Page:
Here’s more of the conversation:
EdSurge: As colleges close physical classes and shift teaching online, we’re seeing concern among online learning experts that the teaching will be done badly since so many of the professors doing it will be new to the format. Are you hearing that?
Stachowiak: I absolutely am. In fact, a lot of it's getting really critical, like, “What you're doing, that's not online teaching—you're not in the cool kids club.”
I was really happy to see this morning that Jesse Stommel [co-founder of the Digital Pedagogy Lab at the University of Mary Washington] tweeted in response to some of this. And his response was to remind all of us that yes, online teaching is hard. But then he comes back and says, teaching is hard. They're both hard, and we don't talk enough about pedagogy in general, let alone when that becomes digital pedagogy.
So one of the things I think we need to be saying is ‘come on over [to online teaching].’ There's a whole network of people that have been doing this for a long time and have failed and experimented and tried things. We would love to be able to help you just make that move.
Let's start with some small things. If you're going to make that kind of change, you're going to start small. I love what many of the universal design for learning people say. Tom Tobin is the first person who taught me about this, but it's a UDL principle, and that's “plus one.” Don't think you're going to transform your entire course to the greatest online course that's ever existed. Do a plus one. Say to yourself, “What can I do this week? What can I do in the next two days to be able to meet the needs?”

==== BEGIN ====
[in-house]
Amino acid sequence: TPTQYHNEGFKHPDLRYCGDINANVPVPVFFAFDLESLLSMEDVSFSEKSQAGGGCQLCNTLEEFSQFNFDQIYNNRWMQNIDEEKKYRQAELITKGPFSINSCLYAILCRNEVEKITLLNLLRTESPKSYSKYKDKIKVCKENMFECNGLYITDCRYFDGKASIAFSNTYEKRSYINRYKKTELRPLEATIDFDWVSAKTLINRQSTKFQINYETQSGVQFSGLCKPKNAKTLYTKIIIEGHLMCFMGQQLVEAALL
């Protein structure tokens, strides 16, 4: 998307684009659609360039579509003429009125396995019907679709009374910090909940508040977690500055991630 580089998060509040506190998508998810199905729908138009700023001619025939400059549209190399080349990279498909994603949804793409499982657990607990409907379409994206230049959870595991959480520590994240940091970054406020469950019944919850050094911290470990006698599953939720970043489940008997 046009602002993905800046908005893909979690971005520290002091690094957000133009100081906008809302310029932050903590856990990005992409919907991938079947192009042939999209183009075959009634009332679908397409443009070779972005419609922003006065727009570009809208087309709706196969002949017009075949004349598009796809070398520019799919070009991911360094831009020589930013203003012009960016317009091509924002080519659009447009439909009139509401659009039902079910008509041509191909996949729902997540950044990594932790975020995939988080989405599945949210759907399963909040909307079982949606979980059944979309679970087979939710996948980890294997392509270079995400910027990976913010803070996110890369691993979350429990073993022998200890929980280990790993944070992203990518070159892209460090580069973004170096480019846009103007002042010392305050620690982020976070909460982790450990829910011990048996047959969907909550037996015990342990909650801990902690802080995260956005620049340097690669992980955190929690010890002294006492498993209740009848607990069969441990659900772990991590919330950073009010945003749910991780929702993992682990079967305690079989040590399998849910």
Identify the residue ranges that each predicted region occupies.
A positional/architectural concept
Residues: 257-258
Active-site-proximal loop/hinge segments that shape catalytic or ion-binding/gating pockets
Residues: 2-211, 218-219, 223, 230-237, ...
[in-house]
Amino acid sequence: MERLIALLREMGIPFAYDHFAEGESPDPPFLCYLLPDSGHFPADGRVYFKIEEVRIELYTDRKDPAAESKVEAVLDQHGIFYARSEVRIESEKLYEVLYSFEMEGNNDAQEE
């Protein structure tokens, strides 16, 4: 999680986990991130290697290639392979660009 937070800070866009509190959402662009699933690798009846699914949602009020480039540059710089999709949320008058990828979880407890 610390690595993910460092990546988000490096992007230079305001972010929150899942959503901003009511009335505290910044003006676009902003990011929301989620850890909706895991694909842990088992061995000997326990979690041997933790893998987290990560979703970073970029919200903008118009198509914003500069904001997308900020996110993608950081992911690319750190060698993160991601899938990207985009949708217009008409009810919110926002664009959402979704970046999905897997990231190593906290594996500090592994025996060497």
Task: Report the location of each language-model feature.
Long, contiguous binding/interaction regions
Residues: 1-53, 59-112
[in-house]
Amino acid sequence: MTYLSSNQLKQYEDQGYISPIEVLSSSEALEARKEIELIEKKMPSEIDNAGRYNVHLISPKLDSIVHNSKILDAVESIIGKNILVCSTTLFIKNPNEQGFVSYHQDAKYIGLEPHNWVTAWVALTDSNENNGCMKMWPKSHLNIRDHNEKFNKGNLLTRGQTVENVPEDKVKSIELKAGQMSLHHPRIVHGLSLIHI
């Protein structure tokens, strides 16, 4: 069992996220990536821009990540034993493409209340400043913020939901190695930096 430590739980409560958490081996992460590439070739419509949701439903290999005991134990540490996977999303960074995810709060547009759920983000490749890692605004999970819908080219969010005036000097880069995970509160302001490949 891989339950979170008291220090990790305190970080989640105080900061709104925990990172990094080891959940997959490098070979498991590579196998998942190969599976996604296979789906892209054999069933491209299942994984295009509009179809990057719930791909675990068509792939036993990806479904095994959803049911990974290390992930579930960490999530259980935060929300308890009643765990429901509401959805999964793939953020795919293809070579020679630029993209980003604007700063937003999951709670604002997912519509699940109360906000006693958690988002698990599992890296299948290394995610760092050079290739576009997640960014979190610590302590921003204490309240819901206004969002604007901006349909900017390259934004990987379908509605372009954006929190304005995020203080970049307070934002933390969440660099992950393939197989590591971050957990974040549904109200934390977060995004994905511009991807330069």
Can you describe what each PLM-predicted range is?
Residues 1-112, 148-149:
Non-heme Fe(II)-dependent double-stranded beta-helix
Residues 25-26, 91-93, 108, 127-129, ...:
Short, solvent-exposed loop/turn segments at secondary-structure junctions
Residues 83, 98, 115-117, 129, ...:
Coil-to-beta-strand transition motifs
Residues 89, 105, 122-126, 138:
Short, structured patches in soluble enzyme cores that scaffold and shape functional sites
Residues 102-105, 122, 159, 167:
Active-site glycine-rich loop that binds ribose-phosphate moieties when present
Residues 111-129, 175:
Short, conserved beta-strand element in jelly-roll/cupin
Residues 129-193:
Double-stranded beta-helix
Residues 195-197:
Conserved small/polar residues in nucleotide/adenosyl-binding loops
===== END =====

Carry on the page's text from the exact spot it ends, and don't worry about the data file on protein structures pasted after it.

It's almost like that frustration by somebody who is the longtime movie reviewer when somebody comes in and acts like they know everything about film history because they watched one artsy film. But you're saying that this is not a time to say, “go away from online learning.”
I think that's such a helpful analogy and I'm going to be taking it with me after today, because I want to say to people, "Come on in, the movie theater is nice. I've got some popcorn for you. It's a large theater. There's lots of people that have been around watching many movies. And there are experts that may be showing you what you might not see initially, but also your perspective is valued and we welcome you into the show.”
I can't tell you the number of times I come back to what's known as the Dunning-Kruger effect, that's named after researchers. But the idea is that the more you know about something, the more you realize that you don't know. But even if you've been doing this a long time, many of us still feel like there's so much more we could do and so much more to learn. And so being a part of a community and recognizing that you're part of many, many people working in solidarity together to help our students and help other faculty to make these kinds of transitions—whether it's the coronavirus today or some other thing that raises a sense of urgency tomorrow.
We’re noticing a lot of resource sharing by folks in higher ed and in schools—and sharing information about what their campus or school is doing, including teaching tips. What kind of things are you seeing?
I've really been amazed at this. I'm on a task force now with our vice presidents and then a group of us that have been deemed as essential personnel. And at first I was thinking, "Oh gosh, I'm not sure I know what I'm doing here." But a lot of people have already really done this in prior iterations, whether it was campuses that were affected by fires or other kinds of crises. And so a number of individuals, including Daniel Stanford, who's the director of faculty development and technology innovation at the Center for Teaching and Learning at DePaul University.